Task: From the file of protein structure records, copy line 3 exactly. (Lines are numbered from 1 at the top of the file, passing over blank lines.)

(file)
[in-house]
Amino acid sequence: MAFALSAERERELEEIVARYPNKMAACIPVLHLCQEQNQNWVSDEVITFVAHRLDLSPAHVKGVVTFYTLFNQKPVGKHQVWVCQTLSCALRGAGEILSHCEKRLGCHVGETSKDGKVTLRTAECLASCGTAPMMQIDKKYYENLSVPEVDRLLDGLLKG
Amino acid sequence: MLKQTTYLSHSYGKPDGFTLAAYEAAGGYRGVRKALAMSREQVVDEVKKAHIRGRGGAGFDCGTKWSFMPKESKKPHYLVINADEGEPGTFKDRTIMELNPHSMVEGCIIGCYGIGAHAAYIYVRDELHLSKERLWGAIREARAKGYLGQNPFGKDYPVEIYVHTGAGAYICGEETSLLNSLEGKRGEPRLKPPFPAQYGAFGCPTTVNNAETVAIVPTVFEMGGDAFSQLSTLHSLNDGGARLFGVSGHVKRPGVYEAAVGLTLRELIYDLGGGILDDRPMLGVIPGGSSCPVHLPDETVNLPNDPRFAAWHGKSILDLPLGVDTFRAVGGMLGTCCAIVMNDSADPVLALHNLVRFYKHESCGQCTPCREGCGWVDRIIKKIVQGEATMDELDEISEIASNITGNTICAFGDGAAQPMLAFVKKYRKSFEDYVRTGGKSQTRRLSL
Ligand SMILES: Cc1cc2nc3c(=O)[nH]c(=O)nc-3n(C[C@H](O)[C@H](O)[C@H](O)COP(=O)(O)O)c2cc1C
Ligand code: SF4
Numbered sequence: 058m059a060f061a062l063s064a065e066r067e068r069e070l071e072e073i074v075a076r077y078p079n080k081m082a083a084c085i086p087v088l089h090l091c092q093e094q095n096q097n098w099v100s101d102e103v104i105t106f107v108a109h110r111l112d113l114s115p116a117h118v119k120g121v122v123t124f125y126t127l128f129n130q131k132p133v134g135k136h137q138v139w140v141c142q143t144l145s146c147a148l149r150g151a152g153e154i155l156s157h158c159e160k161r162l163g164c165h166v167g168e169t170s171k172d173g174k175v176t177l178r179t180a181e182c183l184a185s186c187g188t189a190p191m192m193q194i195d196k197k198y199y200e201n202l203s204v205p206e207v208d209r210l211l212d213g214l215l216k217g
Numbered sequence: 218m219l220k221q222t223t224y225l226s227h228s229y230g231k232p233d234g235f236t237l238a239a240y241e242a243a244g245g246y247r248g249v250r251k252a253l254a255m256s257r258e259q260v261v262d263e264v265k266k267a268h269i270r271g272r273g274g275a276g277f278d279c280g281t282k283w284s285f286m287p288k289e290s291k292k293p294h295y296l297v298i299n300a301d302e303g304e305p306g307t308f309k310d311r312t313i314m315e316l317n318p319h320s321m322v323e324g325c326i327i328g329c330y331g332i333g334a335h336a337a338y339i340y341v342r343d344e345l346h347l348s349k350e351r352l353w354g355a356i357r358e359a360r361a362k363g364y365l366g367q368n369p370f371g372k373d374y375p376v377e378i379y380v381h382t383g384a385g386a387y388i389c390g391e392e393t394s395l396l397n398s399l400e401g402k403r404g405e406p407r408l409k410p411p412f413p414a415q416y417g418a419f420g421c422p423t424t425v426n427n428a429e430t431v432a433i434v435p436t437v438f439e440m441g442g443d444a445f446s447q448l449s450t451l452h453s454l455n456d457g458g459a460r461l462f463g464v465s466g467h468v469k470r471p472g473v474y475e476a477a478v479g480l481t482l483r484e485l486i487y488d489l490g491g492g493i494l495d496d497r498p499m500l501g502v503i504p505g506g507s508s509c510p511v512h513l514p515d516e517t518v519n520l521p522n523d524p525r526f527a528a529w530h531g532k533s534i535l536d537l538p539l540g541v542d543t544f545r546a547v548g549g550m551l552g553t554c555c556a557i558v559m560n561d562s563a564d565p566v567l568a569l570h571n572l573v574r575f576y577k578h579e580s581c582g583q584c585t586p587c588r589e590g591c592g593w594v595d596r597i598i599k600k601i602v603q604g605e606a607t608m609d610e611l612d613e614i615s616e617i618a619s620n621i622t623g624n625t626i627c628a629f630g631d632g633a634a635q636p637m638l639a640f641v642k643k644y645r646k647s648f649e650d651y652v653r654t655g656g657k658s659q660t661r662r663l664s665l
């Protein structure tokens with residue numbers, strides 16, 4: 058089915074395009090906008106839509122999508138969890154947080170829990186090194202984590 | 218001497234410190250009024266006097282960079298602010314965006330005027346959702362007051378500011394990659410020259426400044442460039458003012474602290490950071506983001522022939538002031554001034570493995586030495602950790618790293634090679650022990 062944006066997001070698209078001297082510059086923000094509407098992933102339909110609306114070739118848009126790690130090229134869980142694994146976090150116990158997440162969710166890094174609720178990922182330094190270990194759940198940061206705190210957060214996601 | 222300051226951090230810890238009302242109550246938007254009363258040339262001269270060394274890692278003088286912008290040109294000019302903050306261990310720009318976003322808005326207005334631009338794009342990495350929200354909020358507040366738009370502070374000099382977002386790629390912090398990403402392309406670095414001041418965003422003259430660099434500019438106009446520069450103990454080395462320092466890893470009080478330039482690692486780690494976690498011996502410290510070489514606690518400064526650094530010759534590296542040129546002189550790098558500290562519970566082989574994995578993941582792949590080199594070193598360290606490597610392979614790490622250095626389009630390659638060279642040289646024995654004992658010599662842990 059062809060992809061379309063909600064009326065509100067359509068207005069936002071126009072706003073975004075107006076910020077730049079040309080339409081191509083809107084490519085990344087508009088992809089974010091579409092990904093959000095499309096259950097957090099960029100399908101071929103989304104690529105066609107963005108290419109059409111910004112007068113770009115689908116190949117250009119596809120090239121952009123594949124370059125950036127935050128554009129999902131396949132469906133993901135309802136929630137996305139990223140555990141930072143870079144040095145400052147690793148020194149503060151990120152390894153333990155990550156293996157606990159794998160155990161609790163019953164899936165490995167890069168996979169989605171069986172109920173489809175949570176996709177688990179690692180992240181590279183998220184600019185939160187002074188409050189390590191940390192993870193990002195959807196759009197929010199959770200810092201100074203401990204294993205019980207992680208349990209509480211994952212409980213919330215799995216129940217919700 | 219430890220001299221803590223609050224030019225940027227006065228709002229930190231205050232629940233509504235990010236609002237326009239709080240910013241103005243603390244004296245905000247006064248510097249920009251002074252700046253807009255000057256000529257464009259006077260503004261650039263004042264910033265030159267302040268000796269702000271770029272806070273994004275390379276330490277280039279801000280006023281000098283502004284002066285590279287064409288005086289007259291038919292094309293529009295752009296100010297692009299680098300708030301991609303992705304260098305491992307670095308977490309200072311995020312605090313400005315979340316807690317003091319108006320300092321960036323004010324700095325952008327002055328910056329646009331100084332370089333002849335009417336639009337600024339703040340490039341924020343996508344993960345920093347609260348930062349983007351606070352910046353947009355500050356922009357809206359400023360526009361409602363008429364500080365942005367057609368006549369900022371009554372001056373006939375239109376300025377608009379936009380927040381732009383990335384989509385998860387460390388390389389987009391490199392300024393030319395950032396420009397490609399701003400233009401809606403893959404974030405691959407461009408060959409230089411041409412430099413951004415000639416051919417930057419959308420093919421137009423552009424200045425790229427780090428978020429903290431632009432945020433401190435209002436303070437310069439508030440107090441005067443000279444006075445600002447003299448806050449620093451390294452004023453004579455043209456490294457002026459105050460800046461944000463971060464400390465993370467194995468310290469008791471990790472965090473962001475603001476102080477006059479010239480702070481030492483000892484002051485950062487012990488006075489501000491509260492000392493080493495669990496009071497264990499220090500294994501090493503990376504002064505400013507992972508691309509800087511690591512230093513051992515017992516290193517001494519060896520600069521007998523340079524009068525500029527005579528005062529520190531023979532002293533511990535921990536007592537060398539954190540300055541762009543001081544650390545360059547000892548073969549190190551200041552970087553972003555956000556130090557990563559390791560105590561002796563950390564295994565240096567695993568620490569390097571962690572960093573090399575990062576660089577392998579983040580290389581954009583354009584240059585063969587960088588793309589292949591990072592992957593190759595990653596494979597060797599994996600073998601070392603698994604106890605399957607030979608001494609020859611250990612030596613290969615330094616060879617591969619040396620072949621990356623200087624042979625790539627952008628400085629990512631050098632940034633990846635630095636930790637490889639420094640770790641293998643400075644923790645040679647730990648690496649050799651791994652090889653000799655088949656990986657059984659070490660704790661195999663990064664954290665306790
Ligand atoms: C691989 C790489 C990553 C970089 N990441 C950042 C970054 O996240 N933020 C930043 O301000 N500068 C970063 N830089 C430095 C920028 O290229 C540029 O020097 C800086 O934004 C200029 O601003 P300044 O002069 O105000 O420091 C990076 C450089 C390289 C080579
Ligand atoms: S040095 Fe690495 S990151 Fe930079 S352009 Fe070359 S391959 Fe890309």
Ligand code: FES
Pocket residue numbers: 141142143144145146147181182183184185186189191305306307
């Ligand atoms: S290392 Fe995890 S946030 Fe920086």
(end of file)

Amino acid sequence: MLKQTTYLSHSYGKPDGFTLAAYEAAGGYRGVRKALAMSREQVVDEVKKAHIRGRGGAGFDCGTKWSFMPKESKKPHYLVINADEGEPGTFKDRTIMELNPHSMVEGCIIGCYGIGAHAAYIYVRDELHLSKERLWGAIREARAKGYLGQNPFGKDYPVEIYVHTGAGAYICGEETSLLNSLEGKRGEPRLKPPFPAQYGAFGCPTTVNNAETVAIVPTVFEMGGDAFSQLSTLHSLNDGGARLFGVSGHVKRPGVYEAAVGLTLRELIYDLGGGILDDRPMLGVIPGGSSCPVHLPDETVNLPNDPRFAAWHGKSILDLPLGVDTFRAVGGMLGTCCAIVMNDSADPVLALHNLVRFYKHESCGQCTPCREGCGWVDRIIKKIVQGEATMDELDEISEIASNITGNTICAFGDGAAQPMLAFVKKYRKSFEDYVRTGGKSQTRRLSL